There have been a couple of posts by Madeline Ashby and Rahel Aima that indict “the gaze” as being a primary political problem in the New Aesthetic. As Rahel said in her piece:
Ashby alludes to something seemingly basic but as-yet unacknowledged. The New Aesthetic is about looking, undeniably. Yet as a paginated yet endlessly scrollable tumblr, is in itself a thing to be looked at. It is about being looked at by humans and by machines, about being the object of the gaze. It’s about the dissolution of privacy and reproductive rights, and the monitoring, mapping, and surveillance of the (re)gendered (re)racialised body.
Is it crude (not to mention awkward) to suggest that the attraction of the New Aesthetic lies in the chance to briefly inhabit a feminised subjectivity? Possibly, probably. Still, it’s worth returning to Laura Mulvey, and her seminal—!—essay on the gaze, Visual Pleasures and Narrative Cinema. Here, she discusses the three gazes present in cinema: the directorial or camera’s gaze, the audience’s gaze and the gaze “of the characters at each other within the screen illusion.” Employing psychoanalytic theory, she goes on to illustrate how the conventions of the medium deny the first two categories and subordinate them into the third, diegetic gaze.
But, while there are certain strong aspects of the gaze present in what is largely a visual aesthetic, it is important to remember that much of the watching here is not done by humans, but done by machines. As Jonathan Minard reminds us in his response to Bruce Sterling’s essay:
By attributing superhuman intelligence to machines, we forget that they are still dumb tools invented by people for people—this is Sterling’s most basic point.
As Nietzsche declared “God is Dead,” Sterling will be one the first voices of our era to refute the existence of A.I.: “Robots lack cognition. They lack perception. They lack intelligence… They lack aesthetic judgment.” He urges us to abandon our atavistic worship of false robot idols.
This is not to reject the idea that there is large quantities of inherent power in machine-based surveillance. But much of the discourse on the Male Gaze has been about the inherent power in an Other’s subjective ability to objectify the target of the Gaze. Perhaps an object can objectify as well… but this is not a sexual dynamic. At least not in the way that a person can objectify a person. There is certainly a lot to be said for the way that sexual dynamics apply their constructions of gender relations to technological scopophilia. But, camgirls’ cameras still seem different than CCTV.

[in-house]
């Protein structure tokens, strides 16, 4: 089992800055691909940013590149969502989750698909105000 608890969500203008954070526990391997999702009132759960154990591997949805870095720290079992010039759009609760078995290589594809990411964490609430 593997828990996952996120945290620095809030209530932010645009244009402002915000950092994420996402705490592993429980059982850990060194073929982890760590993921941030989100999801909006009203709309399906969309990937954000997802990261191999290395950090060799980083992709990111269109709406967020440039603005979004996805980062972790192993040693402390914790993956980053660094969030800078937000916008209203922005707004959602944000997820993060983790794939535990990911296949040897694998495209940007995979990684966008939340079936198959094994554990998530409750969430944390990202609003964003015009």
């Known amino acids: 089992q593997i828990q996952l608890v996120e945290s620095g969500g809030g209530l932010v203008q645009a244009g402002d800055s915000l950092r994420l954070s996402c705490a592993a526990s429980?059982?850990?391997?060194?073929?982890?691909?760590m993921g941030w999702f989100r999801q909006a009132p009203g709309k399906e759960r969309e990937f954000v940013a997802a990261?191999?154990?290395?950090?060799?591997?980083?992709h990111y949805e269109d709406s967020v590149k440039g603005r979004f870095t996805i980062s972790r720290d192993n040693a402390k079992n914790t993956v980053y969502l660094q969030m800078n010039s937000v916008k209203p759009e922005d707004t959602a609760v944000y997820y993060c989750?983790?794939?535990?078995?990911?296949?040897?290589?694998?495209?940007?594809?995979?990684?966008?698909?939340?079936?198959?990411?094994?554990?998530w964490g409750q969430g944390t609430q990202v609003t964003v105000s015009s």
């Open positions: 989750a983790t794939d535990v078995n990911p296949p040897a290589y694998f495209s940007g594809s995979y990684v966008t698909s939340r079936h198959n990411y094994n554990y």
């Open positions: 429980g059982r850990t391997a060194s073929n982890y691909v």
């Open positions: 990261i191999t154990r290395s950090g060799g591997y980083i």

This is not to bracket or minimize the way that sexual dynamics crop up again and again in surveillance culture. But there is something set apart in a surveilling machine that is different than the person watching the monitor. While standard scopophilic subjectivities sit in front of many surveillance terminals, there are also the machines themselves.
Me and my partner Rosalynn have been working on a concept called ‘Drone Ethnography’ for a few months now. We don’t have anything written yet (if you had a venue that would inspire us to sit down and get to work, let us know) but the basic idea is that drones symbolize an ethnography that has become an all-encompassing epistemology in a way it never has before.
Once, the ethnographer had to keep in mind the inherent power relations in the observing relationship. There is a lot of power in being an observer, and this can negatively affect the information that is being collected by observation, even if the purpose of collecting the information is intended to empower those who are being observed.
This is still the case, of course. But it is vastly more complicated. We first realized this when Rosalynn was doing a folklore study of comments and response-videos on Youtube. When we were talking about the like/dislike function of the site, we realized that it was impossible for Rosalynn to watch a video without clicking the “Views” counter up. This, in and of itself is not such a big deal. She was watching videos with thousands if not millions of views, and even the 20-30 times she would watch a particular video, plus showing the video when she presented her research, was really an analytic drop in the ocean. Her research would end up publicizing the video regardless simply by picking it out of the billions of minutes of video on all of Youtube, so the rating boost that a video might receive through her Heisenbergian observations wasn’t a threat to her ethnographic objectivity.
But we then extended the concept. What if her research was about Facebook? Come to think of it, neither of us could do research about Facebook, because neither of us has an account. We would have to become part of Facebook, in order to study Facebook. Joining the long tradition of emic field research would not necessarily be a problem for us (our abhorrence of Facebook aside). But in joining Facebook, we would not just join the social network that is Facebook. We would join the massive, historically unprecedented, ethically-questionable ethnographic project that is Facebook.